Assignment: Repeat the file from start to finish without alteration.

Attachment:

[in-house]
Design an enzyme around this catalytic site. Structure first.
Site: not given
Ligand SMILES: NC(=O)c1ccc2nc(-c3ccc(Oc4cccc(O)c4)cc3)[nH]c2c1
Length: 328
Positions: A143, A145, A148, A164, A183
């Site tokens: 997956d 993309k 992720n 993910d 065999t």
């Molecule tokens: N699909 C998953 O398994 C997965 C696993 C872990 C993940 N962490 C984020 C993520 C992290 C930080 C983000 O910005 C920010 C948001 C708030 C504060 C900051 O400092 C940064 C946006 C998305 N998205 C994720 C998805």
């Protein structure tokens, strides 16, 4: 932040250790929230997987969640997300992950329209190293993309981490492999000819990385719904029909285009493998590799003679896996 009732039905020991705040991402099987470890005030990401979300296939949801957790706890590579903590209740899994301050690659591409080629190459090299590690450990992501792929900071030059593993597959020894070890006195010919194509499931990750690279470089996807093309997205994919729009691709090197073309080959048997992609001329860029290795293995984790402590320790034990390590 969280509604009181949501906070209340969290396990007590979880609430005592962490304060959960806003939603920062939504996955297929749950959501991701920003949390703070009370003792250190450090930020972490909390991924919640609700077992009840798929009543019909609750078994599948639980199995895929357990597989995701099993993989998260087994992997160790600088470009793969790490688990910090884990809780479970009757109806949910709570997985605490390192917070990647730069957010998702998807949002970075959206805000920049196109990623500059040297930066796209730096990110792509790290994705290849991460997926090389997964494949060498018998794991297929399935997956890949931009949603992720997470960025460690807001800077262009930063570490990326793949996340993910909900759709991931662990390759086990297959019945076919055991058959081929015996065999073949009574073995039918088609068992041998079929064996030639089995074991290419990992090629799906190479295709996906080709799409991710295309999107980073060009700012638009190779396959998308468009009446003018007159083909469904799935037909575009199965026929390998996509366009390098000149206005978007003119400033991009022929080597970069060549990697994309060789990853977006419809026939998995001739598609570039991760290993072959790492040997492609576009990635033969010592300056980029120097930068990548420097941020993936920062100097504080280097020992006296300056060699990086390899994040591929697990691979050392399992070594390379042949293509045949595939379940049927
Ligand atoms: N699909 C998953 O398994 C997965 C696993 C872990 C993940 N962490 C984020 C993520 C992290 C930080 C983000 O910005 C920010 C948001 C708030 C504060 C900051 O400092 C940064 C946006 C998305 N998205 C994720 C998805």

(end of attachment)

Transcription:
[in-house]
Design an enzyme around this catalytic site. Structure first.
Site: not given
Ligand SMILES: NC(=O)c1ccc2nc(-c3ccc(Oc4cccc(O)c4)cc3)[nH]c2c1
Length: 328
Positions: A143, A145, A148, A164, A183
């Site tokens: 997956d 993309k 992720n 993910d 065999t």
């Molecule tokens: N699909 C998953 O398994 C997965 C696993 C872990 C993940 N962490 C984020 C993520 C992290 C930080 C983000 O910005 C920010 C948001 C708030 C504060 C900051 O400092 C940064 C946006 C998305 N998205 C994720 C998805």
């Protein structure tokens, strides 16, 4: 932040250790929230997987969640997300992950329209190293993309981490492999000819990385719904029909285009493998590799003679896996 009732039905020991705040991402099987470890005030990401979300296939949801957790706890590579903590209740899994301050690659591409080629190459090299590690450990992501792929900071030059593993597959020894070890006195010919194509499931990750690279470089996807093309997205994919729009691709090197073309080959048997992609001329860029290795293995984790402590320790034990390590 969280509604009181949501906070209340969290396990007590979880609430005592962490304060959960806003939603920062939504996955297929749950959501991701920003949390703070009370003792250190450090930020972490909390991924919640609700077992009840798929009543019909609750078994599948639980199995895929357990597989995701099993993989998260087994992997160790600088470009793969790490688990910090884990809780479970009757109806949910709570997985605490390192917070990647730069957010998702998807949002970075959206805000920049196109990623500059040297930066796209730096990110792509790290994705290849991460997926090389997964494949060498018998794991297929399935997956890949931009949603992720997470960025460690807001800077262009930063570490990326793949996340993910909900759709991931662990390759086990297959019945076919055991058959081929015996065999073949009574073995039918088609068992041998079929064996030639089995074991290419990992090629799906190479295709996906080709799409991710295309999107980073060009700012638009190779396959998308468009009446003018007159083909469904799935037909575009199965026929390998996509366009390098000149206005978007003119400033991009022929080597970069060549990697994309060789990853977006419809026939998995001739598609570039991760290993072959790492040997492609576009990635033969010592300056980029120097930068990548420097941020993936920062100097504080280097020992006296300056060699990086390899994040591929697990691979050392399992070594390379042949293509045949595939379940049927
Ligand atoms: N699909 C998953 O398994 C997965 C696993 C872990 C993940 N962490 C984020 C993520 C992290 C930080 C983000 O910005 C920010 C948001 C708030 C504060 C900051 O400092 C940064 C946006 C998305 N998205 C994720 C998805």